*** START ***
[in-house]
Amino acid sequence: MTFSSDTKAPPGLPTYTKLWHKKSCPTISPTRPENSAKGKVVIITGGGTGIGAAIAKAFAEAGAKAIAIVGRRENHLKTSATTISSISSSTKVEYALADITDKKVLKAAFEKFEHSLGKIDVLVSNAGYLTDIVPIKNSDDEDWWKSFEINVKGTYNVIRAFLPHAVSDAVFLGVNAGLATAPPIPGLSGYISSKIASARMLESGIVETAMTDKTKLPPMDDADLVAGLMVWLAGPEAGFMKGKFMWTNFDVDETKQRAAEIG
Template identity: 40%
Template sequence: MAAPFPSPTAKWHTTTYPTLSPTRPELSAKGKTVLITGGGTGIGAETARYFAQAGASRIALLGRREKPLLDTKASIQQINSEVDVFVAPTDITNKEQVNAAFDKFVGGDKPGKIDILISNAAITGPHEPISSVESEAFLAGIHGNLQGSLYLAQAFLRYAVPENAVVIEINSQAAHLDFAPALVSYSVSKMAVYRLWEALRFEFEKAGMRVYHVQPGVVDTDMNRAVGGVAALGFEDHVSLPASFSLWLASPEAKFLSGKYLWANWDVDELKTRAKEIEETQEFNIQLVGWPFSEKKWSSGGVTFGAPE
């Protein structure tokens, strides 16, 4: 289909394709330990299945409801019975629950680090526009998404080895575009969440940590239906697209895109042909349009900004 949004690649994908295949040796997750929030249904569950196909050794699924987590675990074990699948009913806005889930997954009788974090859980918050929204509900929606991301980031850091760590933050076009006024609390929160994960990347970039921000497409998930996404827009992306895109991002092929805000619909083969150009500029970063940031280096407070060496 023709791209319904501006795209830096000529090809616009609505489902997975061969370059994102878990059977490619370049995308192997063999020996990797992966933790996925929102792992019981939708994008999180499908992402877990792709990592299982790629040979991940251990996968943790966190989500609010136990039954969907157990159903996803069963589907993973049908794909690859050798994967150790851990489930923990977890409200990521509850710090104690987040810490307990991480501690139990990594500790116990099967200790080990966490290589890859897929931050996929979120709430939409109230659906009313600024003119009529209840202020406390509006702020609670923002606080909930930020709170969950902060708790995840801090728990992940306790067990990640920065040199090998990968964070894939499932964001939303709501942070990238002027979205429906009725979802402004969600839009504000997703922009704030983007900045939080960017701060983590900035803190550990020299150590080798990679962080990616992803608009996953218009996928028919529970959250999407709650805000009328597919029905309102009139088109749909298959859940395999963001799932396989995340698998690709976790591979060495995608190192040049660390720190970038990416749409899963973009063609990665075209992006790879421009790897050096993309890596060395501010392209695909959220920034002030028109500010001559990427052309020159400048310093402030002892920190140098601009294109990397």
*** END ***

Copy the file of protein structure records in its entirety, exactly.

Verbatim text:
[in-house]
Amino acid sequence: MTFSSDTKAPPGLPTYTKLWHKKSCPTISPTRPENSAKGKVVIITGGGTGIGAAIAKAFAEAGAKAIAIVGRRENHLKTSATTISSISSSTKVEYALADITDKKVLKAAFEKFEHSLGKIDVLVSNAGYLTDIVPIKNSDDEDWWKSFEINVKGTYNVIRAFLPHAVSDAVFLGVNAGLATAPPIPGLSGYISSKIASARMLESGIVETAMTDKTKLPPMDDADLVAGLMVWLAGPEAGFMKGKFMWTNFDVDETKQRAAEIG
Template identity: 40%
Template sequence: MAAPFPSPTAKWHTTTYPTLSPTRPELSAKGKTVLITGGGTGIGAETARYFAQAGASRIALLGRREKPLLDTKASIQQINSEVDVFVAPTDITNKEQVNAAFDKFVGGDKPGKIDILISNAAITGPHEPISSVESEAFLAGIHGNLQGSLYLAQAFLRYAVPENAVVIEINSQAAHLDFAPALVSYSVSKMAVYRLWEALRFEFEKAGMRVYHVQPGVVDTDMNRAVGGVAALGFEDHVSLPASFSLWLASPEAKFLSGKYLWANWDVDELKTRAKEIEETQEFNIQLVGWPFSEKKWSSGGVTFGAPE
């Protein structure tokens, strides 16, 4: 289909394709330990299945409801019975629950680090526009998404080895575009969440940590239906697209895109042909349009900004 949004690649994908295949040796997750929030249904569950196909050794699924987590675990074990699948009913806005889930997954009788974090859980918050929204509900929606991301980031850091760590933050076009006024609390929160994960990347970039921000497409998930996404827009992306895109991002092929805000619909083969150009500029970063940031280096407070060496 023709791209319904501006795209830096000529090809616009609505489902997975061969370059994102878990059977490619370049995308192997063999020996990797992966933790996925929102792992019981939708994008999180499908992402877990792709990592299982790629040979991940251990996968943790966190989500609010136990039954969907157990159903996803069963589907993973049908794909690859050798994967150790851990489930923990977890409200990521509850710090104690987040810490307990991480501690139990990594500790116990099967200790080990966490290589890859897929931050996929979120709430939409109230659906009313600024003119009529209840202020406390509006702020609670923002606080909930930020709170969950902060708790995840801090728990992940306790067990990640920065040199090998990968964070894939499932964001939303709501942070990238002027979205429906009725979802402004969600839009504000997703922009704030983007900045939080960017701060983590900035803190550990020299150590080798990679962080990616992803608009996953218009996928028919529970959250999407709650805000009328597919029905309102009139088109749909298959859940395999963001799932396989995340698998690709976790591979060495995608190192040049660390720190970038990416749409899963973009063609990665075209992006790879421009790897050096993309890596060395501010392209695909959220920034002030028109500010001559990427052309020159400048310093402030002892920190140098601009294109990397």